I love airport security. Walking through a metal detector and being randomly felt up by a uniformed stranger makes me feel more important than Nicole Richie. Yet, on my trip to Paris, I waited in the security line for over two hours. Standing took all the fun out of the security process and reminded me of how inefficient the French really are.
p. “I don’t think I’m going to make my flight,” the balding, middle-aged man in line next to me said. I hate it when strangers talk to me in line because I never know what to say. Instead of sympathizing with him or confirming that he would be stuck in the airport forever, I pretended to be deaf.
p. A squat security woman patrolled the line to prevent any butting. “Arrete-uh,” she said to the man. He was pleading to be moved to the front of the line. People say that French is a beautiful language, but Parisians always add the sound “uh” to the end of phrases. It makes them sound like kindergartners. It also made the security woman more grating.
p. “Vous avez beaucoup de temps-uh,” she said, which, translates to “you have enough time.” A more accurate interpretation, however, would be “I am a giant moron-uh.” The woman clearly could have moved the man to the front of the line without any trouble. Yet she, like everyone in Paris, seemed bent on acting with less reason than a hamster.
p. Everything in Paris takes forever. At the supermarket, I stood in line for 10 minutes to buy one baguette and a bar of chocolate. The grocery store was not particularly crowded, and there were plenty of open checkout lanes. However, my checkout lady moved slower than a turtle as she scanned my bar of chocolate and collected my change. It made Wawa seem like a breeze. What’s worse, instead of bagging my goods, she handed me a plastic bag so that I could bag my baguette myself.
p. My trip was riddled with similar wastes of time. In a cafe along the Seine, a friend and I sat for 15 minutes before our waitress finally came.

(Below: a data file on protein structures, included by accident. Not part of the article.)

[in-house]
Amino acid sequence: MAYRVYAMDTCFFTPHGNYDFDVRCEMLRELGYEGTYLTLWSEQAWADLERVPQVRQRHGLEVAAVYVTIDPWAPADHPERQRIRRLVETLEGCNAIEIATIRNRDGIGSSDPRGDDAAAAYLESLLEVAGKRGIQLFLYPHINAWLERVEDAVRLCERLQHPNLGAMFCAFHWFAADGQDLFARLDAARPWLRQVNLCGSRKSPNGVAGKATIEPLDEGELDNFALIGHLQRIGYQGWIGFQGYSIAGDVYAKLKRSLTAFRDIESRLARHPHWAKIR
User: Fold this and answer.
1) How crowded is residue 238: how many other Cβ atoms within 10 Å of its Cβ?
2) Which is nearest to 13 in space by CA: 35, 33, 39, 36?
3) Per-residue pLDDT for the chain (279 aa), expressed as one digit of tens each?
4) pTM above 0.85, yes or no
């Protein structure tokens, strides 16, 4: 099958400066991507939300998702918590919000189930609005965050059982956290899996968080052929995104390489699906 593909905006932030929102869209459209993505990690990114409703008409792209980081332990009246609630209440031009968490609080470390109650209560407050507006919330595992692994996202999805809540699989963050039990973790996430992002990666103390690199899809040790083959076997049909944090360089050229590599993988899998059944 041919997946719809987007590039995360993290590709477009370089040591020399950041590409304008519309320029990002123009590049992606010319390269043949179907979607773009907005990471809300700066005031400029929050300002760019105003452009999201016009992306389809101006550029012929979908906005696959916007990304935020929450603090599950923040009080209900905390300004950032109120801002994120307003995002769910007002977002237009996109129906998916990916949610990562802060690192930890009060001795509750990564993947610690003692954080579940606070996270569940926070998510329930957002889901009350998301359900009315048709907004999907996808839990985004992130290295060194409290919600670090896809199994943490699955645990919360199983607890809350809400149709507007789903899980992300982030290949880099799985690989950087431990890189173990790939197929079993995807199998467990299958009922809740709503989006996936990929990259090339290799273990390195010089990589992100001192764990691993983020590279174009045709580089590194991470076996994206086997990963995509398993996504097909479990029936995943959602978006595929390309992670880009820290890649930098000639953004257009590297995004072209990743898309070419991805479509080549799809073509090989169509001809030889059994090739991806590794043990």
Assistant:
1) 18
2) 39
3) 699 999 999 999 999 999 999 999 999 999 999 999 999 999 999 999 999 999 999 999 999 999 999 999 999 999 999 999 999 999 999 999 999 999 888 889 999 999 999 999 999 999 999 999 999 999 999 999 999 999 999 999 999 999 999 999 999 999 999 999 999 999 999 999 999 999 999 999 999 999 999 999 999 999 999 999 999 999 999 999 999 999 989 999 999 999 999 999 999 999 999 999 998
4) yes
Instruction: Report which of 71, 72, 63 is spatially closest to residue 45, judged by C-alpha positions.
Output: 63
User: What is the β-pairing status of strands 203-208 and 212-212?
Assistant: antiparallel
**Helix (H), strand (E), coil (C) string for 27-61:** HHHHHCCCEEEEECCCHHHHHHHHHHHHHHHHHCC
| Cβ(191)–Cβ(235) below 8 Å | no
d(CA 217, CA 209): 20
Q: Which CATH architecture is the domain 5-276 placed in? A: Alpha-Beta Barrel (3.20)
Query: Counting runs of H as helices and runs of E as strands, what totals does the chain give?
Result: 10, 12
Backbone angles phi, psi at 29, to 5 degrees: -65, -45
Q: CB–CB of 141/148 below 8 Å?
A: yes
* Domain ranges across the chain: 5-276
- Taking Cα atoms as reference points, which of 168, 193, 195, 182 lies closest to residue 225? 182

p. “Sorry, I forgot you two were here,” she said. My friend, who has lived in Paris for the past year, was not bothered at all.
p. “I’m sure she was busy,” my friend explained. Evidently, in Paris it’s okay to do a terrible job and overcharge people for it.
p.The same thing happened at Le Louvre, where only one ticket booth was open while two other employees sat, apparently doing nothing. I approached one of the men and attempted to buy a ticket.
p. “We’re closed” the man said. He had a glossy tabloid-style magazine opened before him.
p. The inefficiency of the French would be less bothersome if Paris were cheaper. I could just imagine all of my money being funneled into one of France’s numerous social programs. The $15 I spent to see a movie at the cinema would probably go toward the exorbitant medical costs incurred by someone with a splinter. A plate of eggs and beans that cost me $20 would make it possible for some French university student to write poems about baguettes for his honors thesis; that $50 I spent on a haircut would be squandered to treat a cat with diabetes. I was subsidizing French inefficiency.
p. At the airport, I was also beginning to get nervous. In my mind, I imagined looking through the glass terminal windows as my plane took off without me. I didn’t want to be stuck in this nation of morons for one more minute, for fear that I, too, might start adding “-uh” to everything I said. The nervous man next to me hopped the line when the security woman wasn’t looking. I wished I hadn’t feigned deafness, because I wanted to congratulate him on making it out of Paris alive.
p. Paris would not have been such a monumental disappointment had my expectations been lower. “You’re going to love Paris,” my friends informed me when I explained my spring break plans. Even the stewardess on my plane told me to have a great time while she checked my boarding pass.
p. Perhaps the problem was not with France, but with me. Instead of expecting Paris to accommodate me, I could have better accommodated Paris by decelerating the pace of my life. I would love to have time to appreciate paintings and fine wines and Eiffel Towers. But how efficient is that?
p. James Damon is a Confusion Corner columnist. He’d happily pay $20 for a baguette, if he can skip the line-uh.